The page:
Thursday, July 31, 2008

Used bookstores

I love used bookstores. I love that they are so down to earth and un-glitzy. I love that there are piles of books in corners and under chairs, that the attention is on the story line more than on the story line being in hard cover. I love that typically the people who work there have read most of what they are selling and offer running commentary on things I've chosen as they ring them up.

I love the inherent thrill of the treasure hunter, the sense of adventure in finding a book you're interested in reading. Anyone can just order something - it takes patience to find what you want in a bookstore that can never be considered completely organized or fully stocked.

I like the illusion of virtue in making a contribution to putting something back into the world. A book I buy there is not being wasted, is not sitting on a shelf somewhere, stagnant, cast aside. Its life is a kinetic journey that I'm a part of.

And, used books are such a steal. A used book in excellent condition is at the very least half the price of a nearly identical new one. I read a lot so it's good to find a cheaper way to finance my number one habit (OK, number two after making sure all doors are locked.)

I took a photo of the actual stack of books I found and bought during our last road trip (above). If you see something you like and can wait until I finish it, I’m happy to let you have it.


David said...

Having spent a large part of the weekend tinkering with a faulty sprinkler system; trying to revive my patchy lawn; moving tomato plants around, and barbequeing, I can very much relate to "Lost in my own backyard!"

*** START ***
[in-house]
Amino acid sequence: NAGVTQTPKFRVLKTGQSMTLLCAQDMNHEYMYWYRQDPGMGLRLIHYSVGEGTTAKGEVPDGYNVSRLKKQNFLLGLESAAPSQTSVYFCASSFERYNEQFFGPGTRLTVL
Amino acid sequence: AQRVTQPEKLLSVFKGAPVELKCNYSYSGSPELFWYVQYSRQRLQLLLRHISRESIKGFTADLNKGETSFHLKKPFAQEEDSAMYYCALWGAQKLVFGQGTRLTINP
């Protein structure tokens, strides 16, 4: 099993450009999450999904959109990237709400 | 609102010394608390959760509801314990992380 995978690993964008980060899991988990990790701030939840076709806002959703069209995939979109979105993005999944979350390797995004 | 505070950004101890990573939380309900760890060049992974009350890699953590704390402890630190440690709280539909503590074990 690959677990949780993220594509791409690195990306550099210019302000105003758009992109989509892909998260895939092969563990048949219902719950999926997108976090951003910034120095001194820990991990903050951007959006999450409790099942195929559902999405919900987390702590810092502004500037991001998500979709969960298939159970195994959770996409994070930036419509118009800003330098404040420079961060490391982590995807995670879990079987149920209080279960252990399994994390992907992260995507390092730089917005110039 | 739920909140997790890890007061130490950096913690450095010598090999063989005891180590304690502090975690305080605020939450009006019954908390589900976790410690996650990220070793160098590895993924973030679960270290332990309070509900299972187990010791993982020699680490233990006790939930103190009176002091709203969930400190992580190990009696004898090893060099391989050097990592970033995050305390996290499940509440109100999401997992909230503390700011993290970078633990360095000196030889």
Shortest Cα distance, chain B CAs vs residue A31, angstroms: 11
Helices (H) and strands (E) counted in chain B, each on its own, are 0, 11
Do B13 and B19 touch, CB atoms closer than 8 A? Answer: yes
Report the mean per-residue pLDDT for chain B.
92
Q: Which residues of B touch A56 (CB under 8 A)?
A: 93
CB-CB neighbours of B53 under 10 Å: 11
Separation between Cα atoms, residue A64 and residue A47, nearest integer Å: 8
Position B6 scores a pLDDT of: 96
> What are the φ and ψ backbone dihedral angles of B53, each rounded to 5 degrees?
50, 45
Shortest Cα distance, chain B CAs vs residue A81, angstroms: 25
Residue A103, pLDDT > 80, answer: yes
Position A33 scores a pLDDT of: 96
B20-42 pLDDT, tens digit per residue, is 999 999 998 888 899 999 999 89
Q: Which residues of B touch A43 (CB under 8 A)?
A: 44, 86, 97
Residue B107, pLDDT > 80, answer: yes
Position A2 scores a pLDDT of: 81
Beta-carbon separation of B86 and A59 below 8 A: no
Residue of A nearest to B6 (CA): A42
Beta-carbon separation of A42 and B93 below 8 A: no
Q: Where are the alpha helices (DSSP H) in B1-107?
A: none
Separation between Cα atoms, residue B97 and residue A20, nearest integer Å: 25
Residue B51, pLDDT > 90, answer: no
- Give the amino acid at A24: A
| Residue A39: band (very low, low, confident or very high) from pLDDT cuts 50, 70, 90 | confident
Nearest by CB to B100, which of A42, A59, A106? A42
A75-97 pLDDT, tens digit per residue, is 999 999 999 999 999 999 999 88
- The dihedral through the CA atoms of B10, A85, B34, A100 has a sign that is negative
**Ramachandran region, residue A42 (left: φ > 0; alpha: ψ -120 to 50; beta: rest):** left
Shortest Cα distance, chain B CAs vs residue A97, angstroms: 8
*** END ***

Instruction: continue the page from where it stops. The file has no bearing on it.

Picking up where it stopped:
Dushka said...

Ha! That's about a guy who hikes through Yellowstone National Park. I hope it's good.

Anonymous said...

Your philosophy is worthy and your attitude positive, but it's hell on people who shop on E-Bay and want even the bargains reduced in price. The other day we discovered a nearly-forgotten lane downtown, hidden behind a 16th century palace between two important streets, otherwise invisible, with the wares of used book sellers displayed on plastic sheets stretched on the ground, to demarcate their specific commercial area, and we came away with a heavy bag of bargains. They were pretty dusty, but otherwise in excellent condition. It is, indeed, a joy to finger the prospects, as opposed to gazing at them on a screen and wondering, when they arrives by mail, what they will really look like (or who's signature, in old-fashioned script, will appear on the first page). Long live used books!

Miguel Cane said...

Uh, Dush...?

When, and if, you finish "Dogs of Babel"... can I raise my hand?

I am intrigued...

Yours, as ever (much love to both)

The Gentleman with the Baby Dog.